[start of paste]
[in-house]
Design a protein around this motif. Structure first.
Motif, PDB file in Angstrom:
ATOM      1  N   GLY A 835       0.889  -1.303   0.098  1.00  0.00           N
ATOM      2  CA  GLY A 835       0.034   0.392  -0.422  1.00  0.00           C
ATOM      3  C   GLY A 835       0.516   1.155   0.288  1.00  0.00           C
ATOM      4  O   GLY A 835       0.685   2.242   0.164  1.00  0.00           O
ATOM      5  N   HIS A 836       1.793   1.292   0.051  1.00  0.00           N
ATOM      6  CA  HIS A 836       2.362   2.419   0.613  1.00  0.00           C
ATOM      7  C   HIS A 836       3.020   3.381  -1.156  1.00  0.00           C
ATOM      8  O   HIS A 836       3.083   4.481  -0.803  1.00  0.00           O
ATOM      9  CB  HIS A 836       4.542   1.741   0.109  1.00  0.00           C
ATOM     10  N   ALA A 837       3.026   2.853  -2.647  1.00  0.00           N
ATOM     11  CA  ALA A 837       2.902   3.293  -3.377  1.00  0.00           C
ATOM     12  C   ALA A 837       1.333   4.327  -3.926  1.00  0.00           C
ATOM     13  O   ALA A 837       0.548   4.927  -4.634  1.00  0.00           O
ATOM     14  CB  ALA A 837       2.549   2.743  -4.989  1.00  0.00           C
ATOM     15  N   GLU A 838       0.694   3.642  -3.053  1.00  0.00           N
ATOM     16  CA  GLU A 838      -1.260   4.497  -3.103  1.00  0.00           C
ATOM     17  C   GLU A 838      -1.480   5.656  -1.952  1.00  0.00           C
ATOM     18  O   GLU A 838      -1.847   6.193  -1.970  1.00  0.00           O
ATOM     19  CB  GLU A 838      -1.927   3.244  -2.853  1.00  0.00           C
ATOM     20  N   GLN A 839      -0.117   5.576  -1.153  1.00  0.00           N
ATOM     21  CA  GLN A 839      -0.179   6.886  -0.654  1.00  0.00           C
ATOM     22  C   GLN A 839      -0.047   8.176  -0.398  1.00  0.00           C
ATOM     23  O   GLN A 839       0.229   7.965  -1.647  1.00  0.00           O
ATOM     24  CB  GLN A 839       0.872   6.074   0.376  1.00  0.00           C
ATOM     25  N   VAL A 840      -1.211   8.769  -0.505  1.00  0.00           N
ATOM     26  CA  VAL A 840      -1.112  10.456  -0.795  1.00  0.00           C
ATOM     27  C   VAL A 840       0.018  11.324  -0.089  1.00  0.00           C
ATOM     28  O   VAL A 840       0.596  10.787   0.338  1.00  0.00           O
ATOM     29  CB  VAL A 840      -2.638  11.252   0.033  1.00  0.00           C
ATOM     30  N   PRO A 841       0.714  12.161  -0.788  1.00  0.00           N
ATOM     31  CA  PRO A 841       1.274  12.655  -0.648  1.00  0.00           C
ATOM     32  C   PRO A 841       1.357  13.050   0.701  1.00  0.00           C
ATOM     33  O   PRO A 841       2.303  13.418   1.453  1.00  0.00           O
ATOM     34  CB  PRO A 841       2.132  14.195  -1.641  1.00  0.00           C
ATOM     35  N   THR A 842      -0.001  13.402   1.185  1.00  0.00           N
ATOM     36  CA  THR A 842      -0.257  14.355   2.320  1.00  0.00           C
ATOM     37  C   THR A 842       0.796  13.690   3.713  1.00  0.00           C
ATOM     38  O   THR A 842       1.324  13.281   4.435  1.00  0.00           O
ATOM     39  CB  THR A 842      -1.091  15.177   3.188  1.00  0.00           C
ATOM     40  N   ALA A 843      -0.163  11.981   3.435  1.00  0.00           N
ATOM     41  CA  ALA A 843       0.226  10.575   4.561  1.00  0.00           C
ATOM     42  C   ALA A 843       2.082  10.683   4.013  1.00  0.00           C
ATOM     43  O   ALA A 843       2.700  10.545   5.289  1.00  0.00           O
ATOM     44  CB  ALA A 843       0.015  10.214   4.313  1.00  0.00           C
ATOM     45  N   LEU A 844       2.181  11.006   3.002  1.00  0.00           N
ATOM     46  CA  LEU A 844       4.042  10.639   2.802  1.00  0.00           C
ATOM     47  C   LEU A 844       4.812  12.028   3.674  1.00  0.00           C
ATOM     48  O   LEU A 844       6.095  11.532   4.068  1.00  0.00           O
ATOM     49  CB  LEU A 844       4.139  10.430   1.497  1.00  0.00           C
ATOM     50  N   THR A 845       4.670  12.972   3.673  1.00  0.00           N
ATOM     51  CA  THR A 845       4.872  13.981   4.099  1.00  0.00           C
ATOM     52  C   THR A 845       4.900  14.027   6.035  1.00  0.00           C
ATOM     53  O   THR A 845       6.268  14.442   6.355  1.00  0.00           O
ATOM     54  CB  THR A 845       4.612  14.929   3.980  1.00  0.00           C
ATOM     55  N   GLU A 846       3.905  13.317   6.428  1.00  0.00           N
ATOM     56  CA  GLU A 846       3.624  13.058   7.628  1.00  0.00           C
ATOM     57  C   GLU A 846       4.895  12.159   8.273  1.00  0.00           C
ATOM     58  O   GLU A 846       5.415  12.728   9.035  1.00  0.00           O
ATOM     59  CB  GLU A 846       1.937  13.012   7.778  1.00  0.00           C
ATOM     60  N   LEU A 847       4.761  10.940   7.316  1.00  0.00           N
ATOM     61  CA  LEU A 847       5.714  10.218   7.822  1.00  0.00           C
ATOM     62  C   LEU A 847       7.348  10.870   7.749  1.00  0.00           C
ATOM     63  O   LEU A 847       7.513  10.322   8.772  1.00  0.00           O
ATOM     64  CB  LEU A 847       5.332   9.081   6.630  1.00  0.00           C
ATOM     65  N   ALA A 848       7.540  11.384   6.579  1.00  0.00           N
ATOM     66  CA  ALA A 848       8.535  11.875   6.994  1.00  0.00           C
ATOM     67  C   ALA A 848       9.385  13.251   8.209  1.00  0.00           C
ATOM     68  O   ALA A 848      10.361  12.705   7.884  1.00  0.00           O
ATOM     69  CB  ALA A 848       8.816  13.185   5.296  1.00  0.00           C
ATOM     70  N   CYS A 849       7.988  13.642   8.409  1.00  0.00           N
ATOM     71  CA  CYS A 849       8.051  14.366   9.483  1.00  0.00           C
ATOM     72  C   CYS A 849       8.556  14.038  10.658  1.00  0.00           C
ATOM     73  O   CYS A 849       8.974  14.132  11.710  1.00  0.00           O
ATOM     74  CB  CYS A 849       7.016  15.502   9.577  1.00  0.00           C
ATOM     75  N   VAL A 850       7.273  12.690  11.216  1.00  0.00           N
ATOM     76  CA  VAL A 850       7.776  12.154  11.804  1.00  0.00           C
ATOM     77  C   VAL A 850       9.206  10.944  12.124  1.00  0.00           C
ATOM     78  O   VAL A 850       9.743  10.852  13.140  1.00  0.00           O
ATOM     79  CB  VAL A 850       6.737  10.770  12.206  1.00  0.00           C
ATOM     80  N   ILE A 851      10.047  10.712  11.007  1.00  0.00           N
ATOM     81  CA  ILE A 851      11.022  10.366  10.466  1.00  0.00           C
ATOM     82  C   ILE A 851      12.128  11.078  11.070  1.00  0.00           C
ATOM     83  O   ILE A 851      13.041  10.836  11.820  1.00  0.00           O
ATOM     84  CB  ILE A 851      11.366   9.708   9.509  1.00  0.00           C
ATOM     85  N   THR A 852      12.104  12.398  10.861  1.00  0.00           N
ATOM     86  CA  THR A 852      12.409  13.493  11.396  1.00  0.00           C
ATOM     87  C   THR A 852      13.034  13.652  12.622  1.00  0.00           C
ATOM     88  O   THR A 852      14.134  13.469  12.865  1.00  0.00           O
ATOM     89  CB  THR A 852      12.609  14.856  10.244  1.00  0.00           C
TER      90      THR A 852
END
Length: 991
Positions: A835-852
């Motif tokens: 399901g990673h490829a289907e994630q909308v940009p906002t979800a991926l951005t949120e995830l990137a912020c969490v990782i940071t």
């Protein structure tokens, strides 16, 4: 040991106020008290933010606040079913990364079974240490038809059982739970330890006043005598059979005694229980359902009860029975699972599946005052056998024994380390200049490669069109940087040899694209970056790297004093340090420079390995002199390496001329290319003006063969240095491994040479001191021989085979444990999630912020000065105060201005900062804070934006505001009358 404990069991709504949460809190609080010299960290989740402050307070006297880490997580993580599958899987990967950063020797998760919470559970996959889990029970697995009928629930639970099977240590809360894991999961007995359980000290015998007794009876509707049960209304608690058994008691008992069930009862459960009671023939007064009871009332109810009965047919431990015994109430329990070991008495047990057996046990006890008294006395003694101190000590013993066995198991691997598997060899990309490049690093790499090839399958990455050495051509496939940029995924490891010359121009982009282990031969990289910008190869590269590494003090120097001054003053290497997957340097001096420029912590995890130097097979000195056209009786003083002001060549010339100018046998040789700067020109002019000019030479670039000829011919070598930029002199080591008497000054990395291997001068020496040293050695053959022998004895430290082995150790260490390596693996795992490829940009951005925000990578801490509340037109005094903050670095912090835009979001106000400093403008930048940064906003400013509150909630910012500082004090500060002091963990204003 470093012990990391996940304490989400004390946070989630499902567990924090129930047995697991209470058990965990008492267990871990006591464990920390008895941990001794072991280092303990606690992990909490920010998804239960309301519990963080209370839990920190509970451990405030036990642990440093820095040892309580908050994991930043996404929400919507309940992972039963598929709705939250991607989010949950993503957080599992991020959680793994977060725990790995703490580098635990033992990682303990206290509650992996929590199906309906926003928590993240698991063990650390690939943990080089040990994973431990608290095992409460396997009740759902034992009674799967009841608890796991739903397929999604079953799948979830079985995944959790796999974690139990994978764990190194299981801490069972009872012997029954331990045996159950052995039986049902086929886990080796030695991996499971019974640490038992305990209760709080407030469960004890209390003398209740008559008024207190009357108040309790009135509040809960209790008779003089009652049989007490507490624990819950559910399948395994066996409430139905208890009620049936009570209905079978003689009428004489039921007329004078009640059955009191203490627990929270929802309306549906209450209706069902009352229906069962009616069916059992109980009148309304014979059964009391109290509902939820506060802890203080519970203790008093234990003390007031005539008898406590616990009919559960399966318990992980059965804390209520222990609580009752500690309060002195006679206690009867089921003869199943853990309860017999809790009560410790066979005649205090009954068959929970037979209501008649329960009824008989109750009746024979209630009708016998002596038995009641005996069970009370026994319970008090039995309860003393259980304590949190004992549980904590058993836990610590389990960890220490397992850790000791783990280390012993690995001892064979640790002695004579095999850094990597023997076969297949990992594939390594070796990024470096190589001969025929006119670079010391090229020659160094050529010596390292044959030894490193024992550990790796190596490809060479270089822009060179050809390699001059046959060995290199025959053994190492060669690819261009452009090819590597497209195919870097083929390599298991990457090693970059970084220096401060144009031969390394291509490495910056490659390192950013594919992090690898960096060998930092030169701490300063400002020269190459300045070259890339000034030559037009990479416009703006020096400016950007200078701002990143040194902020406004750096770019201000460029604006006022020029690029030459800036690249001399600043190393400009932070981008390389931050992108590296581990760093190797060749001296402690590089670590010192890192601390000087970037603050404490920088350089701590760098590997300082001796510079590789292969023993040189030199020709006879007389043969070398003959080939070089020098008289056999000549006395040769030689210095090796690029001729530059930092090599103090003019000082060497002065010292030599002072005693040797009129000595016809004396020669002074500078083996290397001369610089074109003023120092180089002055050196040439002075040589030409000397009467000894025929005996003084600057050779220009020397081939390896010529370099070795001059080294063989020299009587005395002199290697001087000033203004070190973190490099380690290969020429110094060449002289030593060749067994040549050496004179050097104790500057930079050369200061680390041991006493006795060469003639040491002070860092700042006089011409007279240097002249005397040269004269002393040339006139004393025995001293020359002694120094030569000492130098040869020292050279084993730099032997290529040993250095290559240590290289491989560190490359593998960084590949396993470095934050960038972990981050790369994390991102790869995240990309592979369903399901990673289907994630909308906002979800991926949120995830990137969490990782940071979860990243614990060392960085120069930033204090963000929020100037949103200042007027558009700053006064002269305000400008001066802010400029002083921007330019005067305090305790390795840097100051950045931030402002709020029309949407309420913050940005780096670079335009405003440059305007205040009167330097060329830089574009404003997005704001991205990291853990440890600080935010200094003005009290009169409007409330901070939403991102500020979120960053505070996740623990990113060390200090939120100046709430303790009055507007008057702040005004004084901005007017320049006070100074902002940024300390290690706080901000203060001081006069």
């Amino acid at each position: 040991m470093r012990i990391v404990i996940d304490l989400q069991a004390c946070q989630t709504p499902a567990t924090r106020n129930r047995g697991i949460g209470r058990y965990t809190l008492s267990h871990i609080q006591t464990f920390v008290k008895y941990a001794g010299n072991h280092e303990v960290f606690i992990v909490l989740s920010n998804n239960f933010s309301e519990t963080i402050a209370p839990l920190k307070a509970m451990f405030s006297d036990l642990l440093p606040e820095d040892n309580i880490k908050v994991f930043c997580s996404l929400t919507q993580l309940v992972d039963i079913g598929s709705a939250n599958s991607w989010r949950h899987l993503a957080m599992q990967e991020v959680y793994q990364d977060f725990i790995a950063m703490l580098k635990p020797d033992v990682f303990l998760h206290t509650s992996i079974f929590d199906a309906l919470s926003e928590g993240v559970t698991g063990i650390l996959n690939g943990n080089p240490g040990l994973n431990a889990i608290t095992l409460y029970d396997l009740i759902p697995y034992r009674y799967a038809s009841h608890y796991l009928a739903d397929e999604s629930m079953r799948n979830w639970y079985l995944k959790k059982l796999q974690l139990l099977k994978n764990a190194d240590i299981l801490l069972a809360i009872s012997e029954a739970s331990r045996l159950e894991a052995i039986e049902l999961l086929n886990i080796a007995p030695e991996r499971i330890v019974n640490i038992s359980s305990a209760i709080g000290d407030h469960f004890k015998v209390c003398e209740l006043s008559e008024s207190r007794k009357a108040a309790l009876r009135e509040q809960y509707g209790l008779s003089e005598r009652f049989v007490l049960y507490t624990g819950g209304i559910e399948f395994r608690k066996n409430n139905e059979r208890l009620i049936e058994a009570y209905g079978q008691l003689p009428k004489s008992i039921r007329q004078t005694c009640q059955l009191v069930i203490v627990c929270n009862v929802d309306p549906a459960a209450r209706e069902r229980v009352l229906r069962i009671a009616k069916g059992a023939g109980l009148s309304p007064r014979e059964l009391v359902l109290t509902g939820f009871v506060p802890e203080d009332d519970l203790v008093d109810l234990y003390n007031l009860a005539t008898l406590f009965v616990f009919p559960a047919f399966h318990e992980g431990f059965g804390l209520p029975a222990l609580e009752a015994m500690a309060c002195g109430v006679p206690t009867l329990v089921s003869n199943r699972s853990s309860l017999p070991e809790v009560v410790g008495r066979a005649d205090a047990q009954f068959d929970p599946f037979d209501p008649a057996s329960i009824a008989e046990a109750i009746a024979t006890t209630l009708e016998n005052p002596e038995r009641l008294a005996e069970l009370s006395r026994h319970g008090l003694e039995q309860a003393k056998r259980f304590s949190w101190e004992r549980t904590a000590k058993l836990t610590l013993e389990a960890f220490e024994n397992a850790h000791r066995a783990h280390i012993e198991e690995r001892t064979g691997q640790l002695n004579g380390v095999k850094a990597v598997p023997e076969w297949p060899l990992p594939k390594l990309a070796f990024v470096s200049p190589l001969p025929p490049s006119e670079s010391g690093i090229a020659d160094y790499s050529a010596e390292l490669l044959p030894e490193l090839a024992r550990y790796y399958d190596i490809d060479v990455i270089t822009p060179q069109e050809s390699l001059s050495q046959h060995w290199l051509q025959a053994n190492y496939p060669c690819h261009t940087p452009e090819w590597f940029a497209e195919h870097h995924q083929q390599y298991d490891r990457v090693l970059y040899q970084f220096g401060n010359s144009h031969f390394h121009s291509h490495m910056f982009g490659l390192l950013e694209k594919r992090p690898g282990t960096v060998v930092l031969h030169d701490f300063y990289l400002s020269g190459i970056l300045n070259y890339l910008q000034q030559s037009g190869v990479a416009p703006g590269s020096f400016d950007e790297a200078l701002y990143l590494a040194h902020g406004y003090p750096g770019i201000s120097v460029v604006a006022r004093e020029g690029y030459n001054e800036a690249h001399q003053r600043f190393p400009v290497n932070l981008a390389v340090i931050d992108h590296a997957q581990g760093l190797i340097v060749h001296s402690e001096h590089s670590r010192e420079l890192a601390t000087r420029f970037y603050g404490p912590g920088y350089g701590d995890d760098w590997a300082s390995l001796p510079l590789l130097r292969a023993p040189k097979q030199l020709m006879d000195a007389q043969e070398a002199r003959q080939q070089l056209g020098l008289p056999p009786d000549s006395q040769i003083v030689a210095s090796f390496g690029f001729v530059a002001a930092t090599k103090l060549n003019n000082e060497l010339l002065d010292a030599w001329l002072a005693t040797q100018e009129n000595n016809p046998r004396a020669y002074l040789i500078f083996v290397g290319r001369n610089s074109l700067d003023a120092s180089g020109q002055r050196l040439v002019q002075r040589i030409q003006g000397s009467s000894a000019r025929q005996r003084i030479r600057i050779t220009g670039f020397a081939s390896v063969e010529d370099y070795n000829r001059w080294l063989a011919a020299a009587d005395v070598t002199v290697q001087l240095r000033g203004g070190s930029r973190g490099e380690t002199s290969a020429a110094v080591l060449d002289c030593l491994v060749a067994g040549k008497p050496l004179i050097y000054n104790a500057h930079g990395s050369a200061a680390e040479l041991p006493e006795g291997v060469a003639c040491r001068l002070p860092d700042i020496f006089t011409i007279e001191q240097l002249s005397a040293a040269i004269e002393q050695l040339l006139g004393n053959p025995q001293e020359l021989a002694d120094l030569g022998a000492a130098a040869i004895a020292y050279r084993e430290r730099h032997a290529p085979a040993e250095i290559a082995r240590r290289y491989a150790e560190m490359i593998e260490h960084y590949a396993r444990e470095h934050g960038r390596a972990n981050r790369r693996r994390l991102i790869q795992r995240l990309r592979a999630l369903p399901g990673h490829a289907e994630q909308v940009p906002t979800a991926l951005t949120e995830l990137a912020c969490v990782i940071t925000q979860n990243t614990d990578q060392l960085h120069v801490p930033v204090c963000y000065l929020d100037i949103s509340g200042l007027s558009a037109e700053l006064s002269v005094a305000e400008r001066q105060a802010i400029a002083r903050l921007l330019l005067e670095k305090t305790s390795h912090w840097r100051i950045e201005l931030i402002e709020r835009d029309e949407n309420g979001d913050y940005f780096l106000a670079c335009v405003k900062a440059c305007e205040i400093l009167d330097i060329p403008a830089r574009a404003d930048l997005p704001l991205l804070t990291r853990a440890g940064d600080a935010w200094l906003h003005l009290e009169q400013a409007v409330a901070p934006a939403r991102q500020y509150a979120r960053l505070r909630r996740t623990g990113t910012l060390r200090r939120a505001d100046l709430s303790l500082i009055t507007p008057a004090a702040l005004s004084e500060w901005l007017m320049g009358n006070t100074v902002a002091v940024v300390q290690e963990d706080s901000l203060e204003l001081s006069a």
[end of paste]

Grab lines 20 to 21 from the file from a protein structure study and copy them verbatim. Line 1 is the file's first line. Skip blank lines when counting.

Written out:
ATOM     17  C   GLU A 838      -1.480   5.656  -1.952  1.00  0.00           C
ATOM     18  O   GLU A 838      -1.847   6.193  -1.970  1.00  0.00           O